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Mary Gray



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Mary Gray by Katharine Tynan
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The house where Mary Gray was born and grew towards womanhood was one of a squat line of mean little houses that hid themselves behind a great church. The roadway in front of the houses led only to the back entrance of the church. Over against the windows was the playground of the church schools, surrounded by a high wall that shut away field and sky from the front rooms of Wistaria Terrace. The houses were drab and ugly, with untidy grass-plots in front. They presented an exterior of three windows and a narrow round-topped hall-door which was a confession of poverty in itself. Five out of six houses had a ramping plaster horse in the fanlight of the hall door, a fixture which went with the house and was immune from breakage because no one ever thought of cleaning the fanlights. In the back gardens the family wash was put to dry. Some of the more enterprising inhabitants kept fowls; but there was not much enterprise in Wistaria Terrace. Earlier inhabitants had planted the gardens with lilac and laburnum bushes, with gooseberries and currants. There were no flowers there that did not sow themselves year after year. They were damp, grubby places, but even there an imaginative child like Mary Gray could find suggestions of delight. Mary's father, Walter Gray, was employed at a watchmaker's of repute. He spent all his working life with a magnifying glass in his eye, peering into the mechanism of watches, adjusting the delicate pivots and springs on which their lives moved. His occupation had perhaps encouraged in him a habit of introspection. Perhaps he found the human machine as worthy of interest as the works of watches and clocks. Anyhow, in his leisure moments, which were few, he would discuss curiously with Mary the hidden springs that kept the human machine in motion, the strange workings and convolutions of it. From the very early age when she began to be a comfort and a companion to her father, Mary had been accustomed to such speculations as would have written Walter Gray down a madman if he had shared them with the grown people about him rather than with a child. Mary was the child of his romance, of his first marriage, which had lasted barely a year.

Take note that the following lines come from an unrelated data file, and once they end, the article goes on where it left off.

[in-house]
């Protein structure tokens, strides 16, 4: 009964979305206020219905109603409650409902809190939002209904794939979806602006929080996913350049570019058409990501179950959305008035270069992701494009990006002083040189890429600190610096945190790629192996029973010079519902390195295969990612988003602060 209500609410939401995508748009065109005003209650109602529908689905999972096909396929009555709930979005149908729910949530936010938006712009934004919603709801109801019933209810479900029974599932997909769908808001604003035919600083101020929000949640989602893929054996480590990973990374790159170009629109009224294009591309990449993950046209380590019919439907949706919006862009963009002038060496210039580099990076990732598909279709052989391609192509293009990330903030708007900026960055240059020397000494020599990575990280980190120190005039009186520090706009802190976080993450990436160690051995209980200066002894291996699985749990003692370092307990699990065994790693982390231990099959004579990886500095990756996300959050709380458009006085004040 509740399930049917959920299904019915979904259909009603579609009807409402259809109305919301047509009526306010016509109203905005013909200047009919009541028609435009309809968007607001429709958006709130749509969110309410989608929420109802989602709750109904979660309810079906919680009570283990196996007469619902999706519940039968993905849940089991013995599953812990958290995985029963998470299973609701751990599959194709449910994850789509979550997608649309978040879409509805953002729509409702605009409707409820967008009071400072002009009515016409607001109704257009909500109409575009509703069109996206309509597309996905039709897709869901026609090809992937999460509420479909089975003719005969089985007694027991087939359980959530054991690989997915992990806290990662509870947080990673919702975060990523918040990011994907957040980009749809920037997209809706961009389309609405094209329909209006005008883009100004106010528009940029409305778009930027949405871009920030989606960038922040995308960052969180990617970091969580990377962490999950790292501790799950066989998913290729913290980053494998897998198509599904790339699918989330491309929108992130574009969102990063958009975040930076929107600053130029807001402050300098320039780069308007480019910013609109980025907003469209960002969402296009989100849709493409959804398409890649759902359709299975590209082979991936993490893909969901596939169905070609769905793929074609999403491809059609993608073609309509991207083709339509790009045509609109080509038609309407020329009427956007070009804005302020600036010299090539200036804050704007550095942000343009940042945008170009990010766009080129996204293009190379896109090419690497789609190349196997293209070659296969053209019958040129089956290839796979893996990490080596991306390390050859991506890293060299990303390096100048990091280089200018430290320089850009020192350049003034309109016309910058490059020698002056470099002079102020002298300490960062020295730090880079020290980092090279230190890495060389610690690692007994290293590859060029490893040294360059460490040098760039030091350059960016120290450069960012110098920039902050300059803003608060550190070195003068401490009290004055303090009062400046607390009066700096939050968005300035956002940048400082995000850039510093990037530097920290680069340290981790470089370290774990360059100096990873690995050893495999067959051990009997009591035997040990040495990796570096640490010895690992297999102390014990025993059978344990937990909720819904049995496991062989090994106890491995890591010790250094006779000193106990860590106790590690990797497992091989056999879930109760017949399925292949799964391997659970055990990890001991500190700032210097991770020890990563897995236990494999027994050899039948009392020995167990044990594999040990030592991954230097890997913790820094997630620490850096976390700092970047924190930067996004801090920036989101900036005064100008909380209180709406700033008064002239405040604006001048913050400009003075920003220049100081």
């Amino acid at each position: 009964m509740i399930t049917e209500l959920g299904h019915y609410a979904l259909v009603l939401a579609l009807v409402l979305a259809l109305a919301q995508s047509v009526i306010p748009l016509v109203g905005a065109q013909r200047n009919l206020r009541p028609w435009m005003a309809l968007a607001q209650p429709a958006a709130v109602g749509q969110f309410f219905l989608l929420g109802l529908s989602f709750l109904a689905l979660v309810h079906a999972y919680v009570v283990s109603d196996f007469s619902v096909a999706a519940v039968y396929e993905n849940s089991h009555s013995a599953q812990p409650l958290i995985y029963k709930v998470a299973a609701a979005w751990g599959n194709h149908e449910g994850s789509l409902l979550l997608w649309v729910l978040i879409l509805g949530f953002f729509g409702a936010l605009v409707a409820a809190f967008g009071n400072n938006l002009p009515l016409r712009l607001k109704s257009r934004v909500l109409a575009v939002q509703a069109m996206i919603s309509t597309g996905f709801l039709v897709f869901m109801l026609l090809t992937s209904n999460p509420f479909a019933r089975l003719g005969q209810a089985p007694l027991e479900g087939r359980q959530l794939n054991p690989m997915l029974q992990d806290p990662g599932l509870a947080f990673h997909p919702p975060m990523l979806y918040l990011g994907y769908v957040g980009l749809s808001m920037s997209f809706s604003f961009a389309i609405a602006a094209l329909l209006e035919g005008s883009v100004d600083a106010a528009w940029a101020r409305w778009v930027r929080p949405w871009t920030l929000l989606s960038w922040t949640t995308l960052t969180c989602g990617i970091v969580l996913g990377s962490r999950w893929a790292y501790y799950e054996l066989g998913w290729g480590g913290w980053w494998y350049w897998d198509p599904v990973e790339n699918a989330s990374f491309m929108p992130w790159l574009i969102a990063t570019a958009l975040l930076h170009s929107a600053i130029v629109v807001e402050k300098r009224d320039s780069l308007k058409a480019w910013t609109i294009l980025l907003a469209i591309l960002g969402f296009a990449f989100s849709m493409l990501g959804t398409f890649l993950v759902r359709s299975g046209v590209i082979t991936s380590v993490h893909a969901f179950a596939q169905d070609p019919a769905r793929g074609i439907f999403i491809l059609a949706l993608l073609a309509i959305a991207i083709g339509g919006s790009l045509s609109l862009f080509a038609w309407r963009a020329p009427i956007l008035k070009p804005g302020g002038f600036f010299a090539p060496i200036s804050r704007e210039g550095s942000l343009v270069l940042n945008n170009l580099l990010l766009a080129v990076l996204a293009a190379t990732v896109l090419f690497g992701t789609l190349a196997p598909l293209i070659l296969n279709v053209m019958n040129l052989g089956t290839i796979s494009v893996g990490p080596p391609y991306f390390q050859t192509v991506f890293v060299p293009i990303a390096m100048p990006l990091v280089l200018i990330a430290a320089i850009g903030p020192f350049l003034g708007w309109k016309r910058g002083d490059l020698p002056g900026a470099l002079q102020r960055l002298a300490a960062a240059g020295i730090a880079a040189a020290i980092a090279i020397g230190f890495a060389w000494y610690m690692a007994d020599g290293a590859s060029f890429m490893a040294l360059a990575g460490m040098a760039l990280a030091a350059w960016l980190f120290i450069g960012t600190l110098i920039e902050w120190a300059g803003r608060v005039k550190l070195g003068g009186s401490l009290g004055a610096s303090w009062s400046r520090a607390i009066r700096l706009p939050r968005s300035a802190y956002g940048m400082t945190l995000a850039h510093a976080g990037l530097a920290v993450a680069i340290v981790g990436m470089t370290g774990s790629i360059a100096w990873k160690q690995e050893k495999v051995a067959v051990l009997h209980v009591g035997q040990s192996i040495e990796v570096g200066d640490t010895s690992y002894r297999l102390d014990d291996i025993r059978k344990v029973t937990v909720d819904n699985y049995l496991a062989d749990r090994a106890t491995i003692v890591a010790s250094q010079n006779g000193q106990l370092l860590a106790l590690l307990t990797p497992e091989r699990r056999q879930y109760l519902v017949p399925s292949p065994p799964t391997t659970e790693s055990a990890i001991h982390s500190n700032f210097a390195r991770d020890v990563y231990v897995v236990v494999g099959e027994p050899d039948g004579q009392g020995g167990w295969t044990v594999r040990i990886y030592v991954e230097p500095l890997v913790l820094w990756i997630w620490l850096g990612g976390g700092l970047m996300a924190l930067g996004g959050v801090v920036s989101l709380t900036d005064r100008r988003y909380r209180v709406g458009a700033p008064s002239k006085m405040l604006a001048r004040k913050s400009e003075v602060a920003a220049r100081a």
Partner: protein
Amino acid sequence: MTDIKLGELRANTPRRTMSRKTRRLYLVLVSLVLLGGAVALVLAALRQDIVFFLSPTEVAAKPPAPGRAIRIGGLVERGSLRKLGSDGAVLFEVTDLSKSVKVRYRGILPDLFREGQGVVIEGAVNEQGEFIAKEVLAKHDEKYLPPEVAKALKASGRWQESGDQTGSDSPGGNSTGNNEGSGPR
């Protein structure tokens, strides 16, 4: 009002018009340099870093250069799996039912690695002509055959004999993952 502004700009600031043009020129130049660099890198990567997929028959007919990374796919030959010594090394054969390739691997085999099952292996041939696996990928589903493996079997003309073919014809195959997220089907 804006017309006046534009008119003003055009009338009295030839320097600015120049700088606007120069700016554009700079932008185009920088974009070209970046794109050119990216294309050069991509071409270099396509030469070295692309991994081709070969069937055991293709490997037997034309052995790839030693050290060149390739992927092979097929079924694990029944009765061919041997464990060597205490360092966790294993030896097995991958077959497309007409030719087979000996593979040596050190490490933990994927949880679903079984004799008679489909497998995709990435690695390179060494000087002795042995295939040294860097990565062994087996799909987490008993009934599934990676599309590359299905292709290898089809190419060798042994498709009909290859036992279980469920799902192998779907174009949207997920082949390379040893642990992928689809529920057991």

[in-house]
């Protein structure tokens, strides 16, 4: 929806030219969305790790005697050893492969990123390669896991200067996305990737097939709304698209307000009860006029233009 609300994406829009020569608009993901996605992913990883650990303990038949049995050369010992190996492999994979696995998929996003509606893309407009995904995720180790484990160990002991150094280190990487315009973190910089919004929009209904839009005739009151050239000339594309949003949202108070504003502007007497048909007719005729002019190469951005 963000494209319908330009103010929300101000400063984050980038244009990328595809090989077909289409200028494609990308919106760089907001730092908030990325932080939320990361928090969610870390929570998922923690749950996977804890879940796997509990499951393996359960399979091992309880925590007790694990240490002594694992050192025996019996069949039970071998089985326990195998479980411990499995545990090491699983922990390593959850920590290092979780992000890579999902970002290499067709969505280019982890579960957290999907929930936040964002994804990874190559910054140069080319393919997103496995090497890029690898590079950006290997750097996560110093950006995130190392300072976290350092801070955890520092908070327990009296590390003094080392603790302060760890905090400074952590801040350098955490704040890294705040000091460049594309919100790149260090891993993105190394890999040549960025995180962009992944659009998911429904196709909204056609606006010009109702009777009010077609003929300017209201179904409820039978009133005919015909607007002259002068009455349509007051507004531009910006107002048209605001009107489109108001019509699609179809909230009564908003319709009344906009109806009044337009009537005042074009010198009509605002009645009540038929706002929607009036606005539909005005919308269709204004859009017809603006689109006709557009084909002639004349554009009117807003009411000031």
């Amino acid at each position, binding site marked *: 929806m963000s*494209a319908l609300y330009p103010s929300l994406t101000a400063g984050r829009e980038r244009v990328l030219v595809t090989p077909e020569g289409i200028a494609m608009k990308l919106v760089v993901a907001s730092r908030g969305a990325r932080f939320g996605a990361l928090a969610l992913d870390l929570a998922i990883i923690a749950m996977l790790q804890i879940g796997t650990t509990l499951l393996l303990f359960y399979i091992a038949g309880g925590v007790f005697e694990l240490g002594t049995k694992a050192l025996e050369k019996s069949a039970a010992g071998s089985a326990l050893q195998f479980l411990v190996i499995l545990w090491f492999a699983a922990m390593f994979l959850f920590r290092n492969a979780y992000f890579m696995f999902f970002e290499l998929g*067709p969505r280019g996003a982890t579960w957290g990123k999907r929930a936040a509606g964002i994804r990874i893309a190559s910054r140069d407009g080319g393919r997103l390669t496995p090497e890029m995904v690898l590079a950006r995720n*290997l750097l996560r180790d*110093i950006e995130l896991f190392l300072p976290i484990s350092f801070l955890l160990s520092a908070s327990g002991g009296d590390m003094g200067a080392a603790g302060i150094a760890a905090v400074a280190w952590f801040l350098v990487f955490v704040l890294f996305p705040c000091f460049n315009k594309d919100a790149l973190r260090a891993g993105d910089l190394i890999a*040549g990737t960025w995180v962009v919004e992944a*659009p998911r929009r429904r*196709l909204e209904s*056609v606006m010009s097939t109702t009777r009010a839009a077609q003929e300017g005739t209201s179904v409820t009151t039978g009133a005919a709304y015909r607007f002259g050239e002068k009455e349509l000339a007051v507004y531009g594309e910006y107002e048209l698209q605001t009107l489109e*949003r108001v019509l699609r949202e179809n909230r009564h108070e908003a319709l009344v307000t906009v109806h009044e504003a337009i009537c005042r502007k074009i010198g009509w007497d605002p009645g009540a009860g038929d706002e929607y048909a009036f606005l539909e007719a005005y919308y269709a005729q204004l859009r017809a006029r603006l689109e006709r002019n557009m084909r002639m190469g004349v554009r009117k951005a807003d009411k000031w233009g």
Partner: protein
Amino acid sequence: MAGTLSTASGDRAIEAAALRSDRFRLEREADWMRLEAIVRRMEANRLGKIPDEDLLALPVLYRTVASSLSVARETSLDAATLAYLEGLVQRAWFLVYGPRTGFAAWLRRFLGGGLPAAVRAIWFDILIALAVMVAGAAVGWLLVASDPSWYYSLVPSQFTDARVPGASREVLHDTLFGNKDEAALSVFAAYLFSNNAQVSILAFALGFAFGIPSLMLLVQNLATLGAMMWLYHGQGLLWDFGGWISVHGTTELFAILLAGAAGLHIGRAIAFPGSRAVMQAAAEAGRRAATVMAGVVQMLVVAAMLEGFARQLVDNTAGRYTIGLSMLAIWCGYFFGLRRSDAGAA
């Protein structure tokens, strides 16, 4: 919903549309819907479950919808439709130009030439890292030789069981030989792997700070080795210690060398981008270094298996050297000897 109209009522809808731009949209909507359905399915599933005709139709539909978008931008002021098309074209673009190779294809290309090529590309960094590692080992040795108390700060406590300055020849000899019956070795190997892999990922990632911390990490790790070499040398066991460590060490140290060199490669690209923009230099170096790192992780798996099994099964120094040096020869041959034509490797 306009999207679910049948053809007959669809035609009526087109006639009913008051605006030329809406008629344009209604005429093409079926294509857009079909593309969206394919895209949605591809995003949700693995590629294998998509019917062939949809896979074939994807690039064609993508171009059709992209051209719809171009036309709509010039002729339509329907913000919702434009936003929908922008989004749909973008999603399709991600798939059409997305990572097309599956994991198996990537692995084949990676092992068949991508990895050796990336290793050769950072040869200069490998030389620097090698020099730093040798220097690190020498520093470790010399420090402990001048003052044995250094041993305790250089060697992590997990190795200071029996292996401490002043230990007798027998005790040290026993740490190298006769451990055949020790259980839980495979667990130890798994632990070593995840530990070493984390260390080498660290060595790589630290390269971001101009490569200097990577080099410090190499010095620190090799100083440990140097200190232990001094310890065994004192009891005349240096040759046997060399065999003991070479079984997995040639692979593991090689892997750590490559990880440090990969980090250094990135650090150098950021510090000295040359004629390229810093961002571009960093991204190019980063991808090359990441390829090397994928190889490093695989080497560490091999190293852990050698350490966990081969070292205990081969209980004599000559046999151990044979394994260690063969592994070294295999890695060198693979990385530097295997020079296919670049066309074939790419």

Release date NZ
January 9th, 2007
Country of Publication
United States
black & white illustrations
Wildside Press
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